It takes “wisdom of the ages”.
Cultural sensitivity and religious tolerance come from the most unexpected people.
Catholic leaders are serious in their charity work.
They have a term for it—“preferential option” for the poor, the sick, the elderly, and victims of natural and man-made disasters.
But sometimes, their religious zeal overtakes their respect for other people’s culture, religion, and traditions.
If we must offer charity to other people, we must do it without hurting or upsetting their beliefs or faith.
After all, Christianity preaches kindness above all other virtues.
And so we heap praises on a former Catholic bishop for reminding the faithful to respect people of other faiths.
A retired Catholic prelate on Monday criticized the alleged giving away of Bibles along with relief goods at evacuation centers for the Marawi siege refugees.
With this, former Davao Archbishop Fernando Capalla noted that such act is encouraging tension with Muslims.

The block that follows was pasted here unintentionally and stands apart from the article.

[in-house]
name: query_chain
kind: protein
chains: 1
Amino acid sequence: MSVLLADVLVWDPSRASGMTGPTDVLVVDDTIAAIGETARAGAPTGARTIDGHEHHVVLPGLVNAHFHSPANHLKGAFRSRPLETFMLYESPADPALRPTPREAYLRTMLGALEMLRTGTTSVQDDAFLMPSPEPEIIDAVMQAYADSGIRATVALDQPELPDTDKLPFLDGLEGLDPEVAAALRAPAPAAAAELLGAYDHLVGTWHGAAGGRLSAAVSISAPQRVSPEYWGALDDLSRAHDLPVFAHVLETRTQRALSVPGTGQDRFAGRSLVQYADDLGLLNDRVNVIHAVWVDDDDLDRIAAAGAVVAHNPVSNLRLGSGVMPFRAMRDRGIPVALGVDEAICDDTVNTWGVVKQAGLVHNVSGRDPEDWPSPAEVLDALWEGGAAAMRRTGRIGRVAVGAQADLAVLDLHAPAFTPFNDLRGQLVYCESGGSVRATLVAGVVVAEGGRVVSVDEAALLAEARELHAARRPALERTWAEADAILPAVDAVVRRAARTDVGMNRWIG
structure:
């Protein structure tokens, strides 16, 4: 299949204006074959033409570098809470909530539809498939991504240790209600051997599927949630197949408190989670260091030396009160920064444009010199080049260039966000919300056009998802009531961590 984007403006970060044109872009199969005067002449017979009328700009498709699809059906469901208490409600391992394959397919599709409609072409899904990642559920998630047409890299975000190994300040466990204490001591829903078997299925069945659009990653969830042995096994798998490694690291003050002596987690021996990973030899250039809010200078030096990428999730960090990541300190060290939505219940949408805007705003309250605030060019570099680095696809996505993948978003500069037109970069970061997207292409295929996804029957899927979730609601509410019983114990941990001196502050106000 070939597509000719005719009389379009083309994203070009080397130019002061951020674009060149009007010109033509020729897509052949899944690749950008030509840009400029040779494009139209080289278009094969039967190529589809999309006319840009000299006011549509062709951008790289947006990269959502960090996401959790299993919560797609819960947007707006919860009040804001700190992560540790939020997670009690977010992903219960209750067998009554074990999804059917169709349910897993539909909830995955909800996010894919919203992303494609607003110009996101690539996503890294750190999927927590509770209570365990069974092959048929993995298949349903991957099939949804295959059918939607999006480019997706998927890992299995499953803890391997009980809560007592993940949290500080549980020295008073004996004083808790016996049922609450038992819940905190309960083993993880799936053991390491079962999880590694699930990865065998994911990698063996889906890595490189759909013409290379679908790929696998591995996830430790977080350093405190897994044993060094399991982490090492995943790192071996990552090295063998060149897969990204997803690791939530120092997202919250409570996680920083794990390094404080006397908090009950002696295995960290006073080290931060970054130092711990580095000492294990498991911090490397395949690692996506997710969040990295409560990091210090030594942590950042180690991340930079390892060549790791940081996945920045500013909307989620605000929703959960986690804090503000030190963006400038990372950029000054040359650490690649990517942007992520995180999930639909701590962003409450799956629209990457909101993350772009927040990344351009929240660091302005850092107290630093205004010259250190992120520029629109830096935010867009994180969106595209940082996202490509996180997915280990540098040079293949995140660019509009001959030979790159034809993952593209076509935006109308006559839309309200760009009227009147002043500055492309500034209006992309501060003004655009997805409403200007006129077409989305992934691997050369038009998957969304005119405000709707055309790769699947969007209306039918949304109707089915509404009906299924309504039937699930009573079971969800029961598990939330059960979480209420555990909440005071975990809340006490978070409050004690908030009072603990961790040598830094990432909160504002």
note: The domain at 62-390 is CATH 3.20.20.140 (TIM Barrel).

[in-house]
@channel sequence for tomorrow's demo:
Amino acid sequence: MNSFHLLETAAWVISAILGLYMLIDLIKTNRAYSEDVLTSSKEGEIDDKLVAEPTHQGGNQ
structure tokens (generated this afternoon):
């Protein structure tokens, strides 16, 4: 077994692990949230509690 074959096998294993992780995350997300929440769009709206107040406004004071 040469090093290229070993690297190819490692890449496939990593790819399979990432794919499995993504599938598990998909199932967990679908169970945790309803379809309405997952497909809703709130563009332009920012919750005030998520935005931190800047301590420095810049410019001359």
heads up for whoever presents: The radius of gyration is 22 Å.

“If they do it deliberately, it’s either an insult or ignorance of the needs of the Muslims,” he said in an article posted on the Catholic Bishops’ Conference of the Philippines news website.
Capalla added that “proselytizing” shows lack of respect and calls into question the sincerity of one’s charity.
“If you want to help, then give only the needs of the Muslims… the basic needs like clothing, food, water, among others,” said the co-convenor of the Bishops-Ulama Conference, an interreligious group.
He added, “We should be more sensitive. They should also ask Muslim leaders what to give in that area of religion.”
Copies of Bible and translated in Maranao language included in relief goods were reportedly being distributed to those affected by the conflict between government troops and Maute group.
However, it’s not known who were behind the distribution of the Bibles.